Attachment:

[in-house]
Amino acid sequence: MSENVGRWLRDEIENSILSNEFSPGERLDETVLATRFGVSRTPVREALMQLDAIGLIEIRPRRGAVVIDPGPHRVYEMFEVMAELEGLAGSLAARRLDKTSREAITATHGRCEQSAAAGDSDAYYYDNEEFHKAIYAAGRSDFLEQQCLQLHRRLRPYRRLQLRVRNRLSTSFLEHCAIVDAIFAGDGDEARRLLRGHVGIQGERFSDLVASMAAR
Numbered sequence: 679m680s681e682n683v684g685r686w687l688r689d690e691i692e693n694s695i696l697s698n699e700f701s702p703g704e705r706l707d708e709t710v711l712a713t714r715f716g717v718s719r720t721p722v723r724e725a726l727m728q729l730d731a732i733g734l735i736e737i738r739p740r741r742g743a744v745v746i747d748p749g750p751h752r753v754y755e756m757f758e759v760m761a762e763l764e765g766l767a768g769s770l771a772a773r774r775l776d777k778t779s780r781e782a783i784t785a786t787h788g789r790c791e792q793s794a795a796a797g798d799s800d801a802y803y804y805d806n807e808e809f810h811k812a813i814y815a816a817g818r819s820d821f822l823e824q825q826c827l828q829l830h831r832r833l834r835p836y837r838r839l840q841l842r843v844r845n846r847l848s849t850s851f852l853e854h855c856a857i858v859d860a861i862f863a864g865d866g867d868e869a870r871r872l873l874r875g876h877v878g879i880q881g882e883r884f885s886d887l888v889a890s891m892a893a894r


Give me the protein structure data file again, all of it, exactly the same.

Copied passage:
[in-house]
Amino acid sequence: MSENVGRWLRDEIENSILSNEFSPGERLDETVLATRFGVSRTPVREALMQLDAIGLIEIRPRRGAVVIDPGPHRVYEMFEVMAELEGLAGSLAARRLDKTSREAITATHGRCEQSAAAGDSDAYYYDNEEFHKAIYAAGRSDFLEQQCLQLHRRLRPYRRLQLRVRNRLSTSFLEHCAIVDAIFAGDGDEARRLLRGHVGIQGERFSDLVASMAAR
Numbered sequence: 679m680s681e682n683v684g685r686w687l688r689d690e691i692e693n694s695i696l697s698n699e700f701s702p703g704e705r706l707d708e709t710v711l712a713t714r715f716g717v718s719r720t721p722v723r724e725a726l727m728q729l730d731a732i733g734l735i736e737i738r739p740r741r742g743a744v745v746i747d748p749g750p751h752r753v754y755e756m757f758e759v760m761a762e763l764e765g766l767a768g769s770l771a772a773r774r775l776d777k778t779s780r781e782a783i784t785a786t787h788g789r790c791e792q793s794a795a796a797g798d799s800d801a802y803y804y805d806n807e808e809f810h811k812a813i814y815a816a817g818r819s820d821f822l823e824q825q826c827l828q829l830h831r832r833l834r835p836y837r838r839l840q841l842r843v844r845n846r847l848s849t850s851f852l853e854h855c856a857i858v859d860a861i862f863a864g865d866g867d868e869a870r871r872l873l874r875g876h877v878g879i880q881g882e883r884f885s886d887l888v889a890s891m892a893a894r